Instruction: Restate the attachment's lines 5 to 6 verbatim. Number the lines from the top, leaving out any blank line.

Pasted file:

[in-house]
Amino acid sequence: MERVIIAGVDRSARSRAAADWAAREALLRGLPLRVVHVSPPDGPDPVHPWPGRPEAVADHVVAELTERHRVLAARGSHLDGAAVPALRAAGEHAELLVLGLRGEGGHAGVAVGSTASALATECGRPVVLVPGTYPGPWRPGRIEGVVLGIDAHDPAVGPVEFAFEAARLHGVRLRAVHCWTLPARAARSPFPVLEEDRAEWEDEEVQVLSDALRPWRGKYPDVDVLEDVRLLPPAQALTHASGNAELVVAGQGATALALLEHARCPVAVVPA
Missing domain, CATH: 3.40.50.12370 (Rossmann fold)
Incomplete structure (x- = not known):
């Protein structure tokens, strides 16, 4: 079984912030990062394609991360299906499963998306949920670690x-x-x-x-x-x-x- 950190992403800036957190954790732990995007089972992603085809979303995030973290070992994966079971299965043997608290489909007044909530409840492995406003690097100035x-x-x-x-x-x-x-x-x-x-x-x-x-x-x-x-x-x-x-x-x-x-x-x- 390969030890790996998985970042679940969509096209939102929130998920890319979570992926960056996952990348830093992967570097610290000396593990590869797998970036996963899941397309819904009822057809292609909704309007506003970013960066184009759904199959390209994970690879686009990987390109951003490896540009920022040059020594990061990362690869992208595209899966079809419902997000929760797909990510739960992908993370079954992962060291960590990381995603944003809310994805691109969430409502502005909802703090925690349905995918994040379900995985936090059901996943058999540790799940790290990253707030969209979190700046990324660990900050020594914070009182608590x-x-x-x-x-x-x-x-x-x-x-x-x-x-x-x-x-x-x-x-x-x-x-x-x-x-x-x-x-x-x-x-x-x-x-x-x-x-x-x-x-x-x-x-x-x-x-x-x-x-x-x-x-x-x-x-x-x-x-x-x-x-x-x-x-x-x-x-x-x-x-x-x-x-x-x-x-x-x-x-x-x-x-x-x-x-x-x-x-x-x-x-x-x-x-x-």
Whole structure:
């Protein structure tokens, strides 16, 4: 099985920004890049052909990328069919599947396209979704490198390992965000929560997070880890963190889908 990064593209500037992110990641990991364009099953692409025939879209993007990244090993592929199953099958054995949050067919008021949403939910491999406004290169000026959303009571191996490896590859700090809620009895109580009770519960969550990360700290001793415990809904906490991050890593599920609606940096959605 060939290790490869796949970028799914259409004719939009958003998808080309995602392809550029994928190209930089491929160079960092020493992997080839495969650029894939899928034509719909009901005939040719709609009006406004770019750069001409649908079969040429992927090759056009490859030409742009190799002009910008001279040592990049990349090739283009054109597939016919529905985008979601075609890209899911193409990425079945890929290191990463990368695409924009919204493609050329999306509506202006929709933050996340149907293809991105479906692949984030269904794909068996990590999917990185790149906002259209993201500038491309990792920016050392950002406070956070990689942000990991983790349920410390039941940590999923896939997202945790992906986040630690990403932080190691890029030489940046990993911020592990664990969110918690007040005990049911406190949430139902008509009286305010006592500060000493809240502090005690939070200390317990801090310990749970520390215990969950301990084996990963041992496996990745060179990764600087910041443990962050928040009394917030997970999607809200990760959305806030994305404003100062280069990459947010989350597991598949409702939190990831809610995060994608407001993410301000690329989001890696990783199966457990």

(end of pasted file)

């Protein structure tokens, strides 16, 4: 079984912030990062394609991360299906499963998306949920670690x-x-x-x-x-x-x- 950190992403800036957190954790732990995007089972992603085809979303995030973290070992994966079971299965043997608290489909007044909530409840492995406003690097100035x-x-x-x-x-x-x-x-x-x-x-x-x-x-x-x-x-x-x-x-x-x-x-x- 390969030890790996998985970042679940969509096209939102929130998920890319979570992926960056996952990348830093992967570097610290000396593990590869797998970036996963899941397309819904009822057809292609909704309007506003970013960066184009759904199959390209994970690879686009990987390109951003490896540009920022040059020594990061990362690869992208595209899966079809419902997000929760797909990510739960992908993370079954992962060291960590990381995603944003809310994805691109969430409502502005909802703090925690349905995918994040379900995985936090059901996943058999540790799940790290990253707030969209979190700046990324660990900050020594914070009182608590x-x-x-x-x-x-x-x-x-x-x-x-x-x-x-x-x-x-x-x-x-x-x-x-x-x-x-x-x-x-x-x-x-x-x-x-x-x-x-x-x-x-x-x-x-x-x-x-x-x-x-x-x-x-x-x-x-x-x-x-x-x-x-x-x-x-x-x-x-x-x-x-x-x-x-x-x-x-x-x-x-x-x-x-x-x-x-x-x-x-x-x-x-x-x-x-």
Whole structure: